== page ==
Century Plant Care: Keep it 100! 1

The Century plant is named that way because it takes the plant forever to actually bloom. However, 100 years is a little bit exaggerated. In reality, it takes the plant several years to actually bloom. It only blooms once and then dies.

 

WATERING YOUR CENTURY PLANT THE RIGHT WAY

Watering these desert-dwelling individuals is not all that tricky, as long as you don’t give them too much water. Let’s start at the beginning.

Once you have placed your individual into a pot, water it more frequently than you would if it were an adult. This will typically be every three days or so. Adult plants can do just fine with monthly waterings. 

The soil itself should be soaked until a depth of about six inches. You can use your finger to make sure that this is the case.

Allowing it to dry out completely before adding more moisture can actually help them for the long run. 

 

CENTURY PLANT PROPAGATION

You can choose to use the already developed offshoots that a Century plant produces naturally. Or you can take matters into your own hands and propagate through seed germination or stem cuttings.

Multiplying such individuals is relatively easy despite which method you choose. We will explore the steps involved in stem cutting propagation.

 

PROPAGATION THROUGH STEM CUTTINGS

  1. Identify which plant you wish to propagate, preferably one that is rather healthy in its overall growth. 
  2. Using sharp scissors, making horizontal incisions underneath the lowest stem. Make sure that there is 3 centimeters below the stem. This stem cutting should also have at least two or three leaves.
  3. Place the stem cuttings into a pot with freshly laid soil that has been previously saturated with a round of water.
  4. Take your cuttings and put them into the pot.
  5. Do not water your plant, allowing it to dry out. You should start to see roots form at about two weeks, where you can then transfer it to a larger container.
  6. Follow the routine for a fully matured Century plant!

 

CENTURY PLANT PROBLEMATIC PESTS

You’d think that the life out in the desert would make you extremely tough and resilient. Well, that’s mostly true! But, they do have their pests just like any other plant. There are even a few diseases that can cause them harm. Here are the ones to look out for!

Chances are that you haven’t heard about the snout weevil. This beetle has been known to seriously harm any cactus dwelling plant.

These, along with leaf-footed plant bugs are quite the problematic invaders. Getting rid of them takes true diligence!

Insecticidal soap is one of the only ways that you can actually rid your plant of these pests before serious harm happens. 

Root rot is about the only disease that you really need to worry about when it comes to a Century plant. These can be relatively easy to take care of. Begin by carefully taking it out of its pot. You’ll then proceed to rinse off the roots and bury in fresh soil.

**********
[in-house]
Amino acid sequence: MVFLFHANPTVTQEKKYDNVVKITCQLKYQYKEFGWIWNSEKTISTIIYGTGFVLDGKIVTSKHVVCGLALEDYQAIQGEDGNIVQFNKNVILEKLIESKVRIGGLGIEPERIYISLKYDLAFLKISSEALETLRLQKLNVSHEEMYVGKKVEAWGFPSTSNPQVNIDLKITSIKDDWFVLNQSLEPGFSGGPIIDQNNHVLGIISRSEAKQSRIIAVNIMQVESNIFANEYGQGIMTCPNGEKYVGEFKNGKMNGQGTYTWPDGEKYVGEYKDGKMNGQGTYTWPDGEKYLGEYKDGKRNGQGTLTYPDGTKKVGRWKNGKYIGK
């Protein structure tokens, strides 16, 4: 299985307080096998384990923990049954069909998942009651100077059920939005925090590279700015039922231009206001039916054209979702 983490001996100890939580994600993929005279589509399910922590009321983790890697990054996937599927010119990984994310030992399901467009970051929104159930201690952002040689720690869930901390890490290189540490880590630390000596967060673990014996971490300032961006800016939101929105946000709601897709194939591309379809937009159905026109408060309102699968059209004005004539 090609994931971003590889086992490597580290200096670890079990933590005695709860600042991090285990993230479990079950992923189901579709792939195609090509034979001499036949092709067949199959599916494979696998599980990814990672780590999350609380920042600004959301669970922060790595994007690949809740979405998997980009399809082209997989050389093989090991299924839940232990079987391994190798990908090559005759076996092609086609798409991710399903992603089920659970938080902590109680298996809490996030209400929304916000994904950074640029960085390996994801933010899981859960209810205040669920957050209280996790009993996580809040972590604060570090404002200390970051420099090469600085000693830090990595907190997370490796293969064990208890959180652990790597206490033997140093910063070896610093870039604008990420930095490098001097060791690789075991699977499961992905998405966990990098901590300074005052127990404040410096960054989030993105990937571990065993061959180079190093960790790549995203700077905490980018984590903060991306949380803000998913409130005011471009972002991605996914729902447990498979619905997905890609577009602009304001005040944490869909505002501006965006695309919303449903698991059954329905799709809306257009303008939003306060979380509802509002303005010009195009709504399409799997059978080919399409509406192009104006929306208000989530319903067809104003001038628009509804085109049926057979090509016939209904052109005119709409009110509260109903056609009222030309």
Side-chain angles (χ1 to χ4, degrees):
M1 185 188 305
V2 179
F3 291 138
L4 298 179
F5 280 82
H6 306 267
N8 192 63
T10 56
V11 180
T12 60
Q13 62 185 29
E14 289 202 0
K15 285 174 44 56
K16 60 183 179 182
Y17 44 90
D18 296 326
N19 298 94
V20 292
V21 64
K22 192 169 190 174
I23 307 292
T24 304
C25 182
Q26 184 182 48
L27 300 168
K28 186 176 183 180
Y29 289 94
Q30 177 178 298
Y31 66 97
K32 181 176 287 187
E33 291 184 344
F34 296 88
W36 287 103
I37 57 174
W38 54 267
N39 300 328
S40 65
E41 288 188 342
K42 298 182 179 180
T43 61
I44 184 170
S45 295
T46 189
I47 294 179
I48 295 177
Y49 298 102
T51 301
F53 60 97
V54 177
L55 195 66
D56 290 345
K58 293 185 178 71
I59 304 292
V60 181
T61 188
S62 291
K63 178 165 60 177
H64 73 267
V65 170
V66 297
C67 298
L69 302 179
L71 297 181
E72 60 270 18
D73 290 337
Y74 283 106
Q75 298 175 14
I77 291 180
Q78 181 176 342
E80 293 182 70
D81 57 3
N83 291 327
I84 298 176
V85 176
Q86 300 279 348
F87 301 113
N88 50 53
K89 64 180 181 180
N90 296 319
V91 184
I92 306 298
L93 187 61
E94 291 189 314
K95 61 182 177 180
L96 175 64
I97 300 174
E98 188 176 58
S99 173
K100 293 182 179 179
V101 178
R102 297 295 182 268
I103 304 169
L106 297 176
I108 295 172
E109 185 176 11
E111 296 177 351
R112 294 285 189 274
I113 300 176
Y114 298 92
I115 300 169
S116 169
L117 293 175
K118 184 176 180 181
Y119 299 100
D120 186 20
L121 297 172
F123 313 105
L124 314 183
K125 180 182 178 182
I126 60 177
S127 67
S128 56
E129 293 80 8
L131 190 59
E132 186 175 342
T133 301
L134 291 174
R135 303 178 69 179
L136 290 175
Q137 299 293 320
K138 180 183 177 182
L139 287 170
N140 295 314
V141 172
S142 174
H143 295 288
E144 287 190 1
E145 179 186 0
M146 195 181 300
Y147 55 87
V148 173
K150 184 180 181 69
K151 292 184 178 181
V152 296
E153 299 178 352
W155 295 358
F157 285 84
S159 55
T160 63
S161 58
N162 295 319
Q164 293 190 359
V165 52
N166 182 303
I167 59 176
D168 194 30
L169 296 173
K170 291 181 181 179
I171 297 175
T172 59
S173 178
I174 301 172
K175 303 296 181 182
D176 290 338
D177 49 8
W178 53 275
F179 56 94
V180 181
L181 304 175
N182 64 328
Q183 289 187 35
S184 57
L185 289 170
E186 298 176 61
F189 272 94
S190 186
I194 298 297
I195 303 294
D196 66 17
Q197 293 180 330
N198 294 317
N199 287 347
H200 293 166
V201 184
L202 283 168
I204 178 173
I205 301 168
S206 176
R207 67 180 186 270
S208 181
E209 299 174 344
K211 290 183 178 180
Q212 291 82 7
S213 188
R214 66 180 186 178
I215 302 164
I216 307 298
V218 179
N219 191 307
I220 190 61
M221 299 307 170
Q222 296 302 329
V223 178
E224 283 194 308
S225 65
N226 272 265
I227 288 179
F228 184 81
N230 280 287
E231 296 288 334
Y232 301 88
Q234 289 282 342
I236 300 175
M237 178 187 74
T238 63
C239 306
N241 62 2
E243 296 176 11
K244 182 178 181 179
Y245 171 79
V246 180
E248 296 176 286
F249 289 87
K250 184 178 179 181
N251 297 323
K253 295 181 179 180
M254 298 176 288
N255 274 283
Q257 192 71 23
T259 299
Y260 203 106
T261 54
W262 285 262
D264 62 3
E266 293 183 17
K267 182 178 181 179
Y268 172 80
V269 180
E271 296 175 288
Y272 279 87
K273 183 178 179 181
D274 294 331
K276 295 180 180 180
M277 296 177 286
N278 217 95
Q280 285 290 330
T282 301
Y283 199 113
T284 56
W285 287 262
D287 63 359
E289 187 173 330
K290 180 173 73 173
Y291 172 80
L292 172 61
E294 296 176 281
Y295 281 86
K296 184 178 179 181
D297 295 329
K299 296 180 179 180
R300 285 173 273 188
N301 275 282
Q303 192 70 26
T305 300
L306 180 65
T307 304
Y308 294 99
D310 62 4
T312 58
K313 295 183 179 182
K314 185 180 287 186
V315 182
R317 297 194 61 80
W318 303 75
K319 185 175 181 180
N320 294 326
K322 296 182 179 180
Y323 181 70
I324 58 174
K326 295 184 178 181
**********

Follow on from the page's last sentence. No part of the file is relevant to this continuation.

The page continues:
Want to see what root rot can look like in other plants? Read our text about root rot causes and symptoms!

 

CENTURY PLANT TROUBLING SIGNS

Keeping an eye out for problems that may present themselves is a great habit when caring for your Century plant. The following section involves the more common issues and how you can solve them. 

 

TELLTALE SIGN #1: DROPPING LEAVES

Plants such as the Century plant may at times drop their leaves. This is due to an overabundance of sunlight. Sure, we did say that they prefer full light, but that should not be throughout the entire day. 

Certain individuals might prefer to be placed in a room that gets plenty of bright, indirect sunlight. 

 

TELLTALE SIGN #2: DROOPY APPEARANCE

The foliage of a Century plant is meant to be quite rigid. Droopy foliage may signal that it is either getting too much water, or that bugs have invaded.

You’ll first want to check for any pests that have made themselves at home on your plant. If this isn’t the case, alter your watering schedule and allow more time between sessions. 

 

TELLTALE SIGN #3: DYING AFTER FLOWERING

You may be shocked to find your plant whither and die off after the flowers have bloomed. This shouldn’t be a cause for alarm. 

It’s normal for Century plants to go into a state of dormancy after flowering. The reason why we chose to list this as an issue is because a lot of people tend to become worried when they see this. 

 

TELLTALE SIGN #4: BROWN SPOTS ON THE LEAVES

Brown spots indicate the presence of a fungal infection, most likely the Black Dot disease. 

Unfortunately, you’ll have to go to more extreme measures to tackle this issue. Using fungicides is the best resource.

 

5 TAKEAWAYS TO A HEALTHY CENTURY PLANT

Still unsure if you are really qualified to take in such a large, fun plant? Don’t worry! We’ve got you covered! Here are the most important aspects of raising a Century plant.

  1. Choose a light soil that contains bits of sand, peat, and clay
  2. Give your Century plant plenty of sunshine, or gradually transition it to a room with more shade
  3. Keep your watering sessions to a monthly basis, unless it has been recently planted
  4. Try to shoot for a temperature range that matches anywhere between 15 and 21 degrees Celsius
  5. Add fertilizer during the growing seasons every two weeks

 

 

CENTURY PLANT FAQ

 

Why is it called a Century plant?

It apparently gets its name due to the rare bloom. The flowers of a Century plant can take up to 25 years to happen, therefore it had a “once in a century” bloom. 

 

Do Century plants stink?

The only Century plants that give off any kind of unpleasant odor are the ones that have rotting tissue. If you smell anything of this sort, carefully examine it for infection. 

 

Are Century plants poisonous?

The sap found in these plants is considered to be poisonous. If ingested or touched, they can cause problems with skin irritation and digestion.